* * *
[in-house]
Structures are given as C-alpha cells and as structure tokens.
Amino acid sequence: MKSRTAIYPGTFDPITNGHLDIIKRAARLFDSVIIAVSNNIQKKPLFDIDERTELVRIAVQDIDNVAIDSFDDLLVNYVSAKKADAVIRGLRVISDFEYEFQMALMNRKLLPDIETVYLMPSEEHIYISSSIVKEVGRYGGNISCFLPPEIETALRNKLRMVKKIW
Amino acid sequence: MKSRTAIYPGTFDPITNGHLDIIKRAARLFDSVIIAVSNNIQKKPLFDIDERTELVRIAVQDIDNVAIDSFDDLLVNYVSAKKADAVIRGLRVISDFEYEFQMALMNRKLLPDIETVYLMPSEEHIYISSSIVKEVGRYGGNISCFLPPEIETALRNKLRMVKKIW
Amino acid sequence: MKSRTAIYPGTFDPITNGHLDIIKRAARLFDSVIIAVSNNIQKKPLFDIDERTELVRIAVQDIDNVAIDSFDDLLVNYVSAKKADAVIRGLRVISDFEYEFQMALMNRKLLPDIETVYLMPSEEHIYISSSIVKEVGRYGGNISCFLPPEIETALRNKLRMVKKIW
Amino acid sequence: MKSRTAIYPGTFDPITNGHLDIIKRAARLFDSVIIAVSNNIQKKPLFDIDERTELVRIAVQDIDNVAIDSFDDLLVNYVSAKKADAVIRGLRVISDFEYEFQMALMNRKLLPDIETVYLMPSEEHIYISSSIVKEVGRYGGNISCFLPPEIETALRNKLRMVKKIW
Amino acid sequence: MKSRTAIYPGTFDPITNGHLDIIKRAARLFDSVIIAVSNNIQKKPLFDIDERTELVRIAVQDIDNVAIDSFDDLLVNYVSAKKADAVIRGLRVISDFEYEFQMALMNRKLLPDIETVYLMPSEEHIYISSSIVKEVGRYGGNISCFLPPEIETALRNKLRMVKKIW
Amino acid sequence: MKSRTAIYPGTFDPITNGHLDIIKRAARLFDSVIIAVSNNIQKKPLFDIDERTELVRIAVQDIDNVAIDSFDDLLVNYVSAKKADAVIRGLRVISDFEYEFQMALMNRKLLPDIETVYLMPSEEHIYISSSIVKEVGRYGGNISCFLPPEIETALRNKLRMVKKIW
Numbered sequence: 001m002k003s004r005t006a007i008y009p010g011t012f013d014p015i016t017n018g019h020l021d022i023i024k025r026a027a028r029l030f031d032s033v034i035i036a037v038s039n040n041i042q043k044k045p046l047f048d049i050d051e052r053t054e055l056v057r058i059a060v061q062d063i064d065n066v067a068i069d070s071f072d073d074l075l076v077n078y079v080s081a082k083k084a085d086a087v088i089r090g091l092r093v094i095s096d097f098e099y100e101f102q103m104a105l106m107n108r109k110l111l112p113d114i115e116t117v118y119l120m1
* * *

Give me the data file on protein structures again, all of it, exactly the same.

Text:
[in-house]
Structures are given as C-alpha cells and as structure tokens.
Amino acid sequence: MKSRTAIYPGTFDPITNGHLDIIKRAARLFDSVIIAVSNNIQKKPLFDIDERTELVRIAVQDIDNVAIDSFDDLLVNYVSAKKADAVIRGLRVISDFEYEFQMALMNRKLLPDIETVYLMPSEEHIYISSSIVKEVGRYGGNISCFLPPEIETALRNKLRMVKKIW
Amino acid sequence: MKSRTAIYPGTFDPITNGHLDIIKRAARLFDSVIIAVSNNIQKKPLFDIDERTELVRIAVQDIDNVAIDSFDDLLVNYVSAKKADAVIRGLRVISDFEYEFQMALMNRKLLPDIETVYLMPSEEHIYISSSIVKEVGRYGGNISCFLPPEIETALRNKLRMVKKIW
Amino acid sequence: MKSRTAIYPGTFDPITNGHLDIIKRAARLFDSVIIAVSNNIQKKPLFDIDERTELVRIAVQDIDNVAIDSFDDLLVNYVSAKKADAVIRGLRVISDFEYEFQMALMNRKLLPDIETVYLMPSEEHIYISSSIVKEVGRYGGNISCFLPPEIETALRNKLRMVKKIW
Amino acid sequence: MKSRTAIYPGTFDPITNGHLDIIKRAARLFDSVIIAVSNNIQKKPLFDIDERTELVRIAVQDIDNVAIDSFDDLLVNYVSAKKADAVIRGLRVISDFEYEFQMALMNRKLLPDIETVYLMPSEEHIYISSSIVKEVGRYGGNISCFLPPEIETALRNKLRMVKKIW
Amino acid sequence: MKSRTAIYPGTFDPITNGHLDIIKRAARLFDSVIIAVSNNIQKKPLFDIDERTELVRIAVQDIDNVAIDSFDDLLVNYVSAKKADAVIRGLRVISDFEYEFQMALMNRKLLPDIETVYLMPSEEHIYISSSIVKEVGRYGGNISCFLPPEIETALRNKLRMVKKIW
Amino acid sequence: MKSRTAIYPGTFDPITNGHLDIIKRAARLFDSVIIAVSNNIQKKPLFDIDERTELVRIAVQDIDNVAIDSFDDLLVNYVSAKKADAVIRGLRVISDFEYEFQMALMNRKLLPDIETVYLMPSEEHIYISSSIVKEVGRYGGNISCFLPPEIETALRNKLRMVKKIW
Numbered sequence: 001m002k003s004r005t006a007i008y009p010g011t012f013d014p015i016t017n018g019h020l021d022i023i024k025r026a027a028r029l030f031d032s033v034i035i036a037v038s039n040n041i042q043k044k045p046l047f048d049i050d051e052r053t054e055l056v057r058i059a060v061q062d063i064d065n066v067a068i069d070s071f072d073d074l075l076v077n078y079v080s081a082k083k084a085d086a087v088i089r090g091l092r093v094i095s096d097f098e099y100e101f102q103m104a105l106m107n108r109k110l111l112p113d114i115e116t117v118y119l120m1